The future stars of Ohio State football officially begin their Buckeye careers as standouts from all over the country put pens to their National Letters of Intent.
If Dave Wohlabaugh, a former NFL offensive lineman who played in New England, St. Louis and Cleveland hadn't decided to set up roots in Northeast Ohio, Jack Wohlabaugh likely wouldn't be signing with Ohio State today. Unlike most other kids who live in Ohio, his father's travels meant he didn't really grow up with an ingrained love of the Buckeyes.
The Wohlabaugh File
- Class: 2016
- Size: 6-3/280
- Pos: OG
- School: Walsh Jesuit (Stow, OH)
- Composite Rating: ★★★
- Composite Rank: 20 (OG)
"I've thought about that before. I grew up watching all the good games on TV, living in Ohio I've been around and watched Ohio State for a long time, but I didn't really grow up a fan of one team, though." Wohlabaugh told Eleven Warriors. "Still, it's hard to root against the home team. I'm glad we chose to stay here in Ohio."
With NFL roots, it's not surprising that the 6-foot-3, 280-pound Wohlabaugh had begun hearing from colleges early. When he visited Ohio State in February of 2015, he did so with offers from Kentucky, Minnesota, Purdue, Boston College, and a majority of the MAC's Ohio-based programs.
Still, it was always the big group of Ohio State, Michigan, Michigan State and Notre Dame that moved the dial. Ed Warinner began taking note of Wohlabaugh and that meant things were changing as the spring came around.
"Of schools that haven't offered, I probably hear from Ohio State the most. I talked to (Mark) Pantoni or (Ed) Warinner nearly every day," Wohlabaugh said in early March of last year. "(Warinner) says he likes my film a lot. He tells me that I'm an Ohio State type of football player. I like to pride myself on working hard and being really physical."
An offer from Michigan came during a one-week, three-visit stretch around the region that included a late March stop at Ohio State. Wohlabaugh returned to Ohio State three weeks later for the Buckeyes' spring game and prior to the game, in a meeting with Warinner and head coach Urban Meyer, the Buckeyes offered –– he accepted on the spot.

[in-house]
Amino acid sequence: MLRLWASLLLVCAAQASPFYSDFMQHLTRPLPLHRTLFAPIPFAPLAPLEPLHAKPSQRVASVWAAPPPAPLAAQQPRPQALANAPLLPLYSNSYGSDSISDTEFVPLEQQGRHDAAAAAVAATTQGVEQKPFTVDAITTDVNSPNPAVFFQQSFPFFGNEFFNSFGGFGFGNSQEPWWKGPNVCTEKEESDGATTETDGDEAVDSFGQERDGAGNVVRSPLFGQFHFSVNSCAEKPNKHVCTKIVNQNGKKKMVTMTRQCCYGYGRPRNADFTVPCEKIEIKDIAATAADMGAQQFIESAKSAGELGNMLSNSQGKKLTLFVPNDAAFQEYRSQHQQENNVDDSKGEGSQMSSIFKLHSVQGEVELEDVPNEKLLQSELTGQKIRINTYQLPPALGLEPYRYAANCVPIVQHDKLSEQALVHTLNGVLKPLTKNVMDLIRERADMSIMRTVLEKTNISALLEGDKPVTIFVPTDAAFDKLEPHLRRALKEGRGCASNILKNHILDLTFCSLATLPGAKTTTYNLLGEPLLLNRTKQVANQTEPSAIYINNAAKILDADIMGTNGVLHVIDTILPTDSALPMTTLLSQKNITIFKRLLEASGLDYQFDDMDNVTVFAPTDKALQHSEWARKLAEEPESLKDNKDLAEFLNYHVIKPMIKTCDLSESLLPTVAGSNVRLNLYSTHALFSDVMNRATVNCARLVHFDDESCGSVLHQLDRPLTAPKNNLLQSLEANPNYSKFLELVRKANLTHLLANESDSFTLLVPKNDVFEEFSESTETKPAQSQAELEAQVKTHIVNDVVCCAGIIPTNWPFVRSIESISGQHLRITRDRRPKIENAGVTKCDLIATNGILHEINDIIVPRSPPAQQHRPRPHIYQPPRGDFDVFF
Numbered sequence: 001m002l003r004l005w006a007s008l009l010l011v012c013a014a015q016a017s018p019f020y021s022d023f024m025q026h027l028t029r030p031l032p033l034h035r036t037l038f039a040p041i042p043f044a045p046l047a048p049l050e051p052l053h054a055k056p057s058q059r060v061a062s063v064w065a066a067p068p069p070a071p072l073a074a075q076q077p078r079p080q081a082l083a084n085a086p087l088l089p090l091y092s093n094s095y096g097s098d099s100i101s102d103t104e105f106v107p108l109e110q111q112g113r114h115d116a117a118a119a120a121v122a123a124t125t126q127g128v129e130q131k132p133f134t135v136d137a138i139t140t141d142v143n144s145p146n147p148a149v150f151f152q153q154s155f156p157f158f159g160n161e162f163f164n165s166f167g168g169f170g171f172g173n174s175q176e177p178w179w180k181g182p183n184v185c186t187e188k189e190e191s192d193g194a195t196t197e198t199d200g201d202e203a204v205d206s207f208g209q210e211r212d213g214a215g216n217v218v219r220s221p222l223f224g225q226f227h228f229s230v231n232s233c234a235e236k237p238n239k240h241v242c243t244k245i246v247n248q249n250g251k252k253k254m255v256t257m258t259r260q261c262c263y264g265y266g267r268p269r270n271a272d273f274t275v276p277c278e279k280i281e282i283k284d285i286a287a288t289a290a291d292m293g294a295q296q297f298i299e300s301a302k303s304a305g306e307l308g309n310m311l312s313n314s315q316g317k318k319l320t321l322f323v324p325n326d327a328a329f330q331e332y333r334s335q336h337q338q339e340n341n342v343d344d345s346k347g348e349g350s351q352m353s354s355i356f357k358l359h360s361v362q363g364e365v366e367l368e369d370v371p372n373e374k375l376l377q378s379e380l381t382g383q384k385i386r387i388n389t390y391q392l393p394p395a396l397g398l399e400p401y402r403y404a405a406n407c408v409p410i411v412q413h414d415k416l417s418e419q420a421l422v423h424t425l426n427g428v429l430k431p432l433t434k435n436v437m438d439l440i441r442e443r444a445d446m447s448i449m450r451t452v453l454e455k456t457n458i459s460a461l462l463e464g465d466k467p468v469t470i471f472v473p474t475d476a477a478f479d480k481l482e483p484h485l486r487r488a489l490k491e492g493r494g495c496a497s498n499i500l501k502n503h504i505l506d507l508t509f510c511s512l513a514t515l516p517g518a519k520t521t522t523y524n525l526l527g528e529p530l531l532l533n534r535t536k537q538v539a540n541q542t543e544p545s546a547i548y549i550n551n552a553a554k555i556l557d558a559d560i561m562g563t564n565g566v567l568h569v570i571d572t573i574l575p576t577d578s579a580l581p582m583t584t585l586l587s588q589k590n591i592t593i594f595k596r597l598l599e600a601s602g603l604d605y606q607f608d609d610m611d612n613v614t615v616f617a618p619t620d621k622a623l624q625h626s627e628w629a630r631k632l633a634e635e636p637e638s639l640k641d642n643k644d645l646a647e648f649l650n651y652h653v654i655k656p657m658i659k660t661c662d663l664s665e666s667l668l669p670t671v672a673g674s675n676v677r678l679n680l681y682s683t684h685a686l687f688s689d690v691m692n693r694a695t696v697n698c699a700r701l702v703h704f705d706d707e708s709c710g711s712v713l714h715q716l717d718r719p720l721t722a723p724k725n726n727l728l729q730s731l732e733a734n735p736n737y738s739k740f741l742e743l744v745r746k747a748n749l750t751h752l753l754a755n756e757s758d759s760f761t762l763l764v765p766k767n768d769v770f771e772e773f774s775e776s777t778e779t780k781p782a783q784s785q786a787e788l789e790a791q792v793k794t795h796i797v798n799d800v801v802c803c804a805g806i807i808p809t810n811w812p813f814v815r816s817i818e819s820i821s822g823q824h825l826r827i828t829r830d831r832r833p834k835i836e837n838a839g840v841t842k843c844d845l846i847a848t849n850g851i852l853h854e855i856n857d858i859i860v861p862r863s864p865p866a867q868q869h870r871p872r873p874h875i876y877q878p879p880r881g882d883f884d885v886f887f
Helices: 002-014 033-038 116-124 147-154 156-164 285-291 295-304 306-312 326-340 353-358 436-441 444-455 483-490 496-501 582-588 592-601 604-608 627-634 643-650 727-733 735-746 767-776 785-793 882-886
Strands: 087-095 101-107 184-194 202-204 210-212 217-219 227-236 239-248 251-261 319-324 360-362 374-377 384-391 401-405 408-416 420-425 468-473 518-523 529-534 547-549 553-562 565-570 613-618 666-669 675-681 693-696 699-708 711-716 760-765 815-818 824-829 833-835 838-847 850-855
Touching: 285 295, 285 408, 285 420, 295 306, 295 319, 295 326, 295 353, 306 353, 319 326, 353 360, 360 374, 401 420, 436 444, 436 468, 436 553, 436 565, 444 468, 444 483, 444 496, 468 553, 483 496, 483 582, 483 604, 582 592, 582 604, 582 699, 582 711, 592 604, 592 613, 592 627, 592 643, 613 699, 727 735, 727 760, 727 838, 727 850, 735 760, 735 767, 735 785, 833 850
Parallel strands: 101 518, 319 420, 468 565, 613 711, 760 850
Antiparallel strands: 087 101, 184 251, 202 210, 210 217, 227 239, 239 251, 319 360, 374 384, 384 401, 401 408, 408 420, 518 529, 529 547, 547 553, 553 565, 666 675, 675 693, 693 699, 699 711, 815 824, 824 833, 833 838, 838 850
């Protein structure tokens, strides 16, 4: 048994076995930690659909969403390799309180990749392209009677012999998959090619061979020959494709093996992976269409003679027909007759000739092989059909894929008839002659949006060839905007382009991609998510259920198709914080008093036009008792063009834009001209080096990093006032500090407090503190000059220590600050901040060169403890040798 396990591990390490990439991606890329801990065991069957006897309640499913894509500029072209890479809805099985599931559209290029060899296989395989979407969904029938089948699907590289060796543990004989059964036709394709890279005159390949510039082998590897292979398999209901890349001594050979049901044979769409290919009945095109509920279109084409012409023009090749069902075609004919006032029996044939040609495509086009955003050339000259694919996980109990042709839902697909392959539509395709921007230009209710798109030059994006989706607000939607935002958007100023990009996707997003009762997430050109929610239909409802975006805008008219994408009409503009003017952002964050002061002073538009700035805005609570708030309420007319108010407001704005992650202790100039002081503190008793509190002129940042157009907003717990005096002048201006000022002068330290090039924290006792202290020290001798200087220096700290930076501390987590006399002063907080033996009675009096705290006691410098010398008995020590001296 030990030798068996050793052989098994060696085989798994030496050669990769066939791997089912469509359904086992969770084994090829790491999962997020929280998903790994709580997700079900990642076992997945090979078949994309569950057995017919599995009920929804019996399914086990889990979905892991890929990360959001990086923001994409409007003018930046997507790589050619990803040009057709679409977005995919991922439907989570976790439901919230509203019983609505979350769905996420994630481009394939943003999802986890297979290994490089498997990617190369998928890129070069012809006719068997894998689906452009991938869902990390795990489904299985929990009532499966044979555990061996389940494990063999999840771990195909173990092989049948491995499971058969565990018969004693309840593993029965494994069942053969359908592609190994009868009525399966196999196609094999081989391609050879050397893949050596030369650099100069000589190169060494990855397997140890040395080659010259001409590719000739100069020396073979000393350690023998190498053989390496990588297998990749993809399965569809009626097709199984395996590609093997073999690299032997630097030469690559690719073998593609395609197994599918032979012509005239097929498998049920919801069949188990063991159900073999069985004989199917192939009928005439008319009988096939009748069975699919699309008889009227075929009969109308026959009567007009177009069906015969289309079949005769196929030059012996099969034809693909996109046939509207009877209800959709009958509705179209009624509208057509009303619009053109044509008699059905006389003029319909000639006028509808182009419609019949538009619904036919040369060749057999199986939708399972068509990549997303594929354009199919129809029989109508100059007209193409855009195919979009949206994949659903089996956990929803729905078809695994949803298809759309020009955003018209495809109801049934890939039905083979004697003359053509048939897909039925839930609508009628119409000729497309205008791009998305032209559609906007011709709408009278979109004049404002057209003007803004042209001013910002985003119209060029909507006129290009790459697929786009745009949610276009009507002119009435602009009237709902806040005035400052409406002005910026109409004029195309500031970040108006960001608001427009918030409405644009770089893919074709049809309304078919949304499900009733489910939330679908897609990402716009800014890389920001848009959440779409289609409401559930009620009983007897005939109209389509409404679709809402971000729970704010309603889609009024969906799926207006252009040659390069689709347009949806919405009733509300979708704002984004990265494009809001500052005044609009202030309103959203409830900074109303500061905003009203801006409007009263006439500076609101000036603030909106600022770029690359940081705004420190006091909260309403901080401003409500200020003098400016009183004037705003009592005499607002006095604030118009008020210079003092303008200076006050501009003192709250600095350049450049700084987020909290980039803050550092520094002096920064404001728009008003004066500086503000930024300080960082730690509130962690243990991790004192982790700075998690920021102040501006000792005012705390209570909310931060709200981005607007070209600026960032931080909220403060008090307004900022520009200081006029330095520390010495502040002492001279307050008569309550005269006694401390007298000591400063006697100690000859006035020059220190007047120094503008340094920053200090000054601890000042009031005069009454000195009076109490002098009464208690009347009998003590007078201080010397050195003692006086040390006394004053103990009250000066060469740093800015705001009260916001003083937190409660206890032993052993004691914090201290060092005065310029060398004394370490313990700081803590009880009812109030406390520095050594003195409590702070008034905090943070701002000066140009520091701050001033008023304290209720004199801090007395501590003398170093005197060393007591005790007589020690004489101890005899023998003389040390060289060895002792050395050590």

"It's just the perfect fit for me," Wohlabaugh said of Ohio State. "(It) provides a setting that I think I can thrive in; on the field, in the classroom, and in the community. I've known since the first time I visited that is where I need to be, so when the time came I knew exactly what I would do. It's a dream come true to finally be a Buckeye, and it's still surreal to me, it's just starting to set in."
A future center for the Buckeyes, Wohlabaugh wasn't resting easy after his commitment. He made multiple trips to Ohio State last summer in the hopes of perfecting his craft and improving his relationships with his future coaches.
"I’m going to try and get down here as many times as possible, so I’m kind of like a seasoned freshman when I get here," the Stow resident said. "It’s always a good experience down here, working with Coach Warinner. It’s what I want to do, I want to get to know him better and get to know how his coaching works."
To prepare for Ohio State, Wohlabaugh says he's been working around the clock on the nuance of playing center, which is where Ed Warinner sees him fitting into the Buckeyes' line. Unfortunately, will not be coached by Ed Warinner, but he's taken the time to get to know new offensive line coach Greg Studrawa since it was announced he'd be the new guy in charge of The Slobs in the future.
"I've been snapping a lot. I've got to keep snapping to get it to that point in which I don't have to think about it and that it's a muscle memory. Other than that, there's been a huge focus on my grades and working out," he said before talking about Studrawa and the transition to a new coach. "The first thing I did was ask my dad if he knew anything about him, and then I did some research. He had a lot of credentials and (my dad) has heard a lot of good things about him from other coaches."
With a former NFL lineman for a father, Wohlabaugh was fortunate to have someone around to help guide him through the ups and downs of a recruitment. Though his father played at Syracuse, there was never any pressure to follow anyone's footsteps.
"He really stressed to me 'find the right fit for me and what I need from a college as a whole,'" Wohlabaugh said of his father. "I really did that with Ohio State."